Wednesday, 4 October 2017

Ration your research

By Susanna Beard, author of psychological thriller, Dare to Remember published by Legend Press

Research can be fun! Yes, you read that right. It may be daunting at first, when you need to get going from a standing start and you really don’t know where to look, but researching for a novel can add real depth and interest to your story – and it’s deeply satisfying, too.

Some people absolutely love the process of researching their story idea. They might start online, as I did, and soon find themselves deeply immersed. It’s easy to get side-tracked. Some writers, anxious about getting down to the writing, spend a huge amount of time researching, delaying the moment of putting fingers to keyboard. Their research might be stunning, but it’s no good if they struggle to get to the writing.

I prefer to do it the other way round – I start writing, and when I reach a point when I need to research, I do it then. But even then I don’t let it take over from the writing. I might go back and add to the research later, but as long as I’ve confirmed that the key elements of my story are believable, I plough on.

Let’s assume you have, broadly, your idea for a novel. The story comes from your imagination and your personal experience and has a beginning, a middle and an end. (Well, possibly not an end – yet - if you’re anything like me. Or even a middle!). The research adds to and enhances the story, and you’re gathering knowledge in addition to your own to give it authenticity.

Without authenticity your story will fall at the first hurdle. That first hurdle comes when your reader stops believing in your character, event, place, business, historical period or theme. Your reader will be turned off the story and may never finish. So you need to research the facts around your story to give it depth – to make it believable.

Even if your story is a fantasy, it needs authenticity, through character development, a sense of place and time, and consistency. Your research might involve how people react, or how a material, like wood for example, might behave. It won’t matter if your monsters from outer space behave like humans but it will matter if your humans – all of them - behave like monsters from outer space. Our imaginations can soar, but our stories need to be grounded by (some) research.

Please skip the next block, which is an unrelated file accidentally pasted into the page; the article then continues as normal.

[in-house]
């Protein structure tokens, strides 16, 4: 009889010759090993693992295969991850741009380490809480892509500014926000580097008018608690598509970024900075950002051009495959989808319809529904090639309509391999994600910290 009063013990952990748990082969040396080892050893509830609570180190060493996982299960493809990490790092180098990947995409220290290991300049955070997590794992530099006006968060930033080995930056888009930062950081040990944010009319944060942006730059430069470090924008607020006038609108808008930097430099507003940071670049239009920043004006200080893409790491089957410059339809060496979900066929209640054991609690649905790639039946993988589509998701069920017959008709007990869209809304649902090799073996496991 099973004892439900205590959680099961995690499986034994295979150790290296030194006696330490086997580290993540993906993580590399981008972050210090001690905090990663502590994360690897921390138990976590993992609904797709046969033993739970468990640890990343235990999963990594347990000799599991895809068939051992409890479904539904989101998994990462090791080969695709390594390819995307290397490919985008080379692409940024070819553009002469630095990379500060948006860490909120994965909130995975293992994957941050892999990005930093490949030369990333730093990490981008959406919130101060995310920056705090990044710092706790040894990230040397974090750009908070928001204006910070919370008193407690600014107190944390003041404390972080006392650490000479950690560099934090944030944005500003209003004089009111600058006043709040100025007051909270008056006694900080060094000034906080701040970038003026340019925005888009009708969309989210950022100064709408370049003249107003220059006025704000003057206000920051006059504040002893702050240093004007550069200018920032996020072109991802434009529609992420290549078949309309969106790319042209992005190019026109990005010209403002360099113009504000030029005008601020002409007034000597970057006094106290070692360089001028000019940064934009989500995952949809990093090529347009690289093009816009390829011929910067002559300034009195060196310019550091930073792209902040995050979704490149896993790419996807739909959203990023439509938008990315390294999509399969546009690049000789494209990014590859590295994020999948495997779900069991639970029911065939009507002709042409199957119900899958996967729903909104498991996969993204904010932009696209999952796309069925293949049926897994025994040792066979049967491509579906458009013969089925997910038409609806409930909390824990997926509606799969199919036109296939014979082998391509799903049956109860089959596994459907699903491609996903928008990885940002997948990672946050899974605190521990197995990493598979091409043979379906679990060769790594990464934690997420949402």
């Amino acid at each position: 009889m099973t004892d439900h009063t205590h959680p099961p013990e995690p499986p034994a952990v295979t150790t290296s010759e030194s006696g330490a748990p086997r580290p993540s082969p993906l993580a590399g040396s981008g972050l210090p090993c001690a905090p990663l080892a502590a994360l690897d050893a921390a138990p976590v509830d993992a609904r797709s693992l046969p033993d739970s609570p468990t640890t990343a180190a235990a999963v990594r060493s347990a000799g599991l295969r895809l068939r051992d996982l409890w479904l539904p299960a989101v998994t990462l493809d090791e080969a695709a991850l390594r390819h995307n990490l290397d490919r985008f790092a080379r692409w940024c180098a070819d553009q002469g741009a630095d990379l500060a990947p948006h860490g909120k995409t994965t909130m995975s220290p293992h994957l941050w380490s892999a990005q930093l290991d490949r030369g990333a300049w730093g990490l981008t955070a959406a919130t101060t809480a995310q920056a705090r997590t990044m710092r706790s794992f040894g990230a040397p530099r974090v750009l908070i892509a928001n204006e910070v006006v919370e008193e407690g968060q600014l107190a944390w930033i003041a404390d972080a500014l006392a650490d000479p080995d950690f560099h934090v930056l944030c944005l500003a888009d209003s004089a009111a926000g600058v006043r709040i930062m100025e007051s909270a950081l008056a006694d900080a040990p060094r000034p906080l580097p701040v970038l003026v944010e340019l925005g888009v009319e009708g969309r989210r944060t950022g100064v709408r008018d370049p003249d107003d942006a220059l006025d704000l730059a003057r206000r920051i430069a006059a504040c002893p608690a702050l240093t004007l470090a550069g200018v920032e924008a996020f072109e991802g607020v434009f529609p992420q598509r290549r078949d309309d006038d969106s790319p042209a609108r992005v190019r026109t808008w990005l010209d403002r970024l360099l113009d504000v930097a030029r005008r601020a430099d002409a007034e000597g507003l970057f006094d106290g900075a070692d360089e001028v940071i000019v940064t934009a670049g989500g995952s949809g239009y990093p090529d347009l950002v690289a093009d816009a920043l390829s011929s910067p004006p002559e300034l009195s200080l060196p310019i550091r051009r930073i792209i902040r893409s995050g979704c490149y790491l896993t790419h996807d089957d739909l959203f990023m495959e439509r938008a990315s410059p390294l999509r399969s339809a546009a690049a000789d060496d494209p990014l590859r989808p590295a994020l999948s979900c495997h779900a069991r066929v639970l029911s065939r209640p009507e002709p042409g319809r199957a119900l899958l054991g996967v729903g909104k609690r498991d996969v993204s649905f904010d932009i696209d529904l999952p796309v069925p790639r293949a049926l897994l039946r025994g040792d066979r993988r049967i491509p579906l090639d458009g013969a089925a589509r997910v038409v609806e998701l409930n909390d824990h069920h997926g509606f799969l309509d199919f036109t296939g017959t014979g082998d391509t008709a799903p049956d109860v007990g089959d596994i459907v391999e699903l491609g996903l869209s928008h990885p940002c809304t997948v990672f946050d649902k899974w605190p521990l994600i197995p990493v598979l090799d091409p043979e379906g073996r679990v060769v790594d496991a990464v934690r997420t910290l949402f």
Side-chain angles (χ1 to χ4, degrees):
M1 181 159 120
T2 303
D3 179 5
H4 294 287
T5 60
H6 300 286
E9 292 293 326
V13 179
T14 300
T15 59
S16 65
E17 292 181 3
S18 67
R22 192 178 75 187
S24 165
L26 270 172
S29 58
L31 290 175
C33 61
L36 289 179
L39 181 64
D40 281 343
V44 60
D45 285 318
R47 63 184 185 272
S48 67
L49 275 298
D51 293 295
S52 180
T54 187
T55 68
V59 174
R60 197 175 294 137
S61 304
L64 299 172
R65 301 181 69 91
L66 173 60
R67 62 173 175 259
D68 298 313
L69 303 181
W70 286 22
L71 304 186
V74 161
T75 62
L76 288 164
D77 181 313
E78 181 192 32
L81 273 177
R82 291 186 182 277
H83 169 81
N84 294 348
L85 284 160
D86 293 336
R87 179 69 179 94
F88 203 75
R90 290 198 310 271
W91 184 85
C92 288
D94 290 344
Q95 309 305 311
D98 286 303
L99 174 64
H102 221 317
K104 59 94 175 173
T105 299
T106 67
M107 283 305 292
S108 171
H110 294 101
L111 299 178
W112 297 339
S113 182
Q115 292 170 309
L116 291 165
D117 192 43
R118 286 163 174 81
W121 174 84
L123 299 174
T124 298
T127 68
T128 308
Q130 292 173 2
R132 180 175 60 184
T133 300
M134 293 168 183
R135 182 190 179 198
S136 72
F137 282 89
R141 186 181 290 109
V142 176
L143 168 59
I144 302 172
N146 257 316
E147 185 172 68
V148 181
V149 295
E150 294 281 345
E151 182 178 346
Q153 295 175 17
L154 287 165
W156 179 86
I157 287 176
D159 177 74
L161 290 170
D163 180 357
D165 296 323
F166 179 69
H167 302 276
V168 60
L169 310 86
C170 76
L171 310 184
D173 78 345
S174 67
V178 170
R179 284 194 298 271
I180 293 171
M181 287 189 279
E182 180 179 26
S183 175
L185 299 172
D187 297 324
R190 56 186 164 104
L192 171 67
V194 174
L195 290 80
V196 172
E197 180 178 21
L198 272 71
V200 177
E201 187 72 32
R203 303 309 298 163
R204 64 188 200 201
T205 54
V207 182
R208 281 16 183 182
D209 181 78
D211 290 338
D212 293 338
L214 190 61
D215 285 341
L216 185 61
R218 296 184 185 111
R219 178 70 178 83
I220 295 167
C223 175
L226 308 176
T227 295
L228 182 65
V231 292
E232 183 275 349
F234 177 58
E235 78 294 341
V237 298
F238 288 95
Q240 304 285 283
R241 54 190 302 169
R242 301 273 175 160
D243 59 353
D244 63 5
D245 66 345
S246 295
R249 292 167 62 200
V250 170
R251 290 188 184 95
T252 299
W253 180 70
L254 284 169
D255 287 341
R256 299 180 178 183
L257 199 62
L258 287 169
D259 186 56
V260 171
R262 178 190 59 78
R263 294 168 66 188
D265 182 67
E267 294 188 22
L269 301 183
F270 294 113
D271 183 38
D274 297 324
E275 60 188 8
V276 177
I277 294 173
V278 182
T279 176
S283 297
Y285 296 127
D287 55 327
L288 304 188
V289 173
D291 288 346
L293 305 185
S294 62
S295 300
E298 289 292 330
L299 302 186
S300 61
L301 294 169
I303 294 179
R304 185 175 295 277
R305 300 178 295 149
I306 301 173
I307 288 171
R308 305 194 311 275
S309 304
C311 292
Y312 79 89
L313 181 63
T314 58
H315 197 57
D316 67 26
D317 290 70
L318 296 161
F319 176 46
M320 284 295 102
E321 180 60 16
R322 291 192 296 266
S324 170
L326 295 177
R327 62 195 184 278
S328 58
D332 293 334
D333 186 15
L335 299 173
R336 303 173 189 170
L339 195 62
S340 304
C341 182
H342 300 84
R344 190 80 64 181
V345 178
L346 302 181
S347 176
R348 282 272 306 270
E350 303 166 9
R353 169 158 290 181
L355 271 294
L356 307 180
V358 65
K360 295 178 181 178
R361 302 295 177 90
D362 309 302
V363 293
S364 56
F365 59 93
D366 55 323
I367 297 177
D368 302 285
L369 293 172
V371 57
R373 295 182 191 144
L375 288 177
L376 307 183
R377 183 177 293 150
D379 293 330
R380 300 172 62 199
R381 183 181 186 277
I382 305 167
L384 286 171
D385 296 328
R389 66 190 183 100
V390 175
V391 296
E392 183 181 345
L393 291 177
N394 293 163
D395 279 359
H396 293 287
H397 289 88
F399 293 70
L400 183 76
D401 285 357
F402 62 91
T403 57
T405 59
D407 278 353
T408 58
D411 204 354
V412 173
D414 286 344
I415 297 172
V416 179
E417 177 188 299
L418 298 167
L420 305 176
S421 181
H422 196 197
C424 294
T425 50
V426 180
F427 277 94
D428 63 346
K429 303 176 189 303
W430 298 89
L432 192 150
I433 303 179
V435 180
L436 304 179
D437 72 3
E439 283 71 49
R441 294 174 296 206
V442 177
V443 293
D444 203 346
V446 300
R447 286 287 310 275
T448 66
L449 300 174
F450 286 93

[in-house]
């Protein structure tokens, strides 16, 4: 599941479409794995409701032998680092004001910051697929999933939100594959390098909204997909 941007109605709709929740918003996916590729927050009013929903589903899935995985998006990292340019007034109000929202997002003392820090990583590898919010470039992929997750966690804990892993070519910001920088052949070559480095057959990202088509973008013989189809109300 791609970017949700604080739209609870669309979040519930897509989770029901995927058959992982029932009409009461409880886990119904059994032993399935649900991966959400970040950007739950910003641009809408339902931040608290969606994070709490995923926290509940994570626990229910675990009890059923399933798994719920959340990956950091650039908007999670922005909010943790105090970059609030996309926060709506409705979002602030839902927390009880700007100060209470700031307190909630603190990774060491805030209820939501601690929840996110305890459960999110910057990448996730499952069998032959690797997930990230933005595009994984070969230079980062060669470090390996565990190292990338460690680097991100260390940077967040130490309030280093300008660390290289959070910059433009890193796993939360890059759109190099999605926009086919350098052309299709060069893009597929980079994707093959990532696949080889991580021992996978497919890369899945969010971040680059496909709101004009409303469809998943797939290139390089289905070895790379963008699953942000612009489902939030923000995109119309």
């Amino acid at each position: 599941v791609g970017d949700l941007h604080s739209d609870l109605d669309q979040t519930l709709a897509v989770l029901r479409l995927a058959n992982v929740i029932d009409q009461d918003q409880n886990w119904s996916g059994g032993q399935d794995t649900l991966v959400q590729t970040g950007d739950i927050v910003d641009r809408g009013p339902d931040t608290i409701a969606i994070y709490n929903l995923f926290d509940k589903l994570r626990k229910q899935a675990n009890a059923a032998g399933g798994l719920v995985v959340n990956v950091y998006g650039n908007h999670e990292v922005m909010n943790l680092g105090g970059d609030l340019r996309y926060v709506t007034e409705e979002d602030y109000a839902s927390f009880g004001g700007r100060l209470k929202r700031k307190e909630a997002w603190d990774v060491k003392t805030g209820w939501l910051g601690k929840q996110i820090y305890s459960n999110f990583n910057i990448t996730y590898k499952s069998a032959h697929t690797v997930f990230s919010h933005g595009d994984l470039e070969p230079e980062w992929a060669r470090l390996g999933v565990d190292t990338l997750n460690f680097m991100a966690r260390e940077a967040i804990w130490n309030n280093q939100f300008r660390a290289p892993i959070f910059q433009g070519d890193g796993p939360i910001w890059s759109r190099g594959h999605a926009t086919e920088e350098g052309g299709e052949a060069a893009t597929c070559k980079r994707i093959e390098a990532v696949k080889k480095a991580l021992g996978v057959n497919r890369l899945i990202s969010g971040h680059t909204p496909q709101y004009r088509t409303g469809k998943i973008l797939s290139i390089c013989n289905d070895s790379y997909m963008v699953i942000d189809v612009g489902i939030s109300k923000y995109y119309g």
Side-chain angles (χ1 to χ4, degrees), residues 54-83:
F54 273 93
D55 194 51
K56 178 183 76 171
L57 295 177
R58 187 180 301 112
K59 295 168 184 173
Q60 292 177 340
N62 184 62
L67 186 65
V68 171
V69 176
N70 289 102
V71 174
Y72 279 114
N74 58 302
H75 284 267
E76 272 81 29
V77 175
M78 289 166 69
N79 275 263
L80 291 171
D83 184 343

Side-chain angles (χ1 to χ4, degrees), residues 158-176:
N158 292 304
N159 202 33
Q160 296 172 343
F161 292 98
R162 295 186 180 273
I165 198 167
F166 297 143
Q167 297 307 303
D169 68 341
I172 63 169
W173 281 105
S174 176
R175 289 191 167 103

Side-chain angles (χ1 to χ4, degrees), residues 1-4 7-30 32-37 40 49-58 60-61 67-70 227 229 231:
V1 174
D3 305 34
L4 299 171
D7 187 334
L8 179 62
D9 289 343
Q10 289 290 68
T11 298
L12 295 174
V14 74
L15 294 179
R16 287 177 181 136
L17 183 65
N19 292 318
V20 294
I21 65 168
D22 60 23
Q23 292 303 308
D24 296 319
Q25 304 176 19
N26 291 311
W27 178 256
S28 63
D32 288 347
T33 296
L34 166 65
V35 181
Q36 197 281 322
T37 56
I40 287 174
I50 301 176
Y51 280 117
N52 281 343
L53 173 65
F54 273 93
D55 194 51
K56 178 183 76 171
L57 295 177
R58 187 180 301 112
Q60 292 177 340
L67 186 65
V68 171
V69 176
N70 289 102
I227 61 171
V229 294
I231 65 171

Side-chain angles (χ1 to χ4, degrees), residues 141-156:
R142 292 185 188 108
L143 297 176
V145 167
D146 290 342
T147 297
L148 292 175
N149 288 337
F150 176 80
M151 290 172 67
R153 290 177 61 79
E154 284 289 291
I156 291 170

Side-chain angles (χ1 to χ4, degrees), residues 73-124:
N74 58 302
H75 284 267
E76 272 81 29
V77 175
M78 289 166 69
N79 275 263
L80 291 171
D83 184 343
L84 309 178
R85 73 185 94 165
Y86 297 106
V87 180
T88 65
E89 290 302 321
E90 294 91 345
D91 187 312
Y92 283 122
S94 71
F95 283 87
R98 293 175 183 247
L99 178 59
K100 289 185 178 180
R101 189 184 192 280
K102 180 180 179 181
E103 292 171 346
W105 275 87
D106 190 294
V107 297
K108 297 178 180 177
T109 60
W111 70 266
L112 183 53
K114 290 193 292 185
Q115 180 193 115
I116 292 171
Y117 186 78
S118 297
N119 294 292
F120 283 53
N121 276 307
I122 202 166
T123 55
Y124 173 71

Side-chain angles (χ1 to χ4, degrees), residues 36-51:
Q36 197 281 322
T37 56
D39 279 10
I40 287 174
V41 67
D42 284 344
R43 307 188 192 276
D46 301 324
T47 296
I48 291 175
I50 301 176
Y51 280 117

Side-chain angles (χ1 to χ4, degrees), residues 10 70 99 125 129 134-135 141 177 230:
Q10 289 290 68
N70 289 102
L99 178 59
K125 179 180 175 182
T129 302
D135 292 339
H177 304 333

If your character suffers from depression, you need to know about it. You need to know how she would look and speak, what her thought processes might be. My protagonist in my debut novel, Dare to Remember, Lisa, suffers from post-traumatic stress disorder (PTSD) and depression, and she has therapy throughout the book. I researched this by reading about depression – case studies were particularly useful – by talking to therapists, especially those with experience in PTSD, and by listening to their language. It’s all in the book.

But at the same time, it’s not all in the book. One of the big dangers of researching for your novel will be that you’ve put all that time and energy into finding out the facts around your story that you don’t want to waste it. You feel compelled to put it into the narrative. Don’t. The danger is that it will change the pace of the story, bring the reader up short and look like you’re trying too hard to prove you know all about your subject. As a reader I can see when a writer wants to demonstrate their knowledge – about language in a historical era, about the geography of a place, about a real event from the past – and I tend to skip over it.

We need – as writers and as readers – to inhabit our stories. That means, as writers, we need to absorb our research, bringing it in to the story with a light touch and only when it’s appropriate. It needs to be an integral part of the backdrop of the story.

A simple example: my therapist, for example, in Dare to Remember, has a certificate on his wall, showing that he was qualified. I knew he would, from my research. I also knew what he would have needed to do to gain his qualification. But I didn’t need to tell my readers all that – it would have been too much information. All they needed to know, obliquely, was that he was ‘proper.’ He became more real because of that small detail.

So research is important, yes. It gives you credibility and confidence, and your story authenticity. But it needs to be handled with care, woven into the story where it can demonstrate its value in subtle ways. Your readers won’t even notice it, but they will believe your story.

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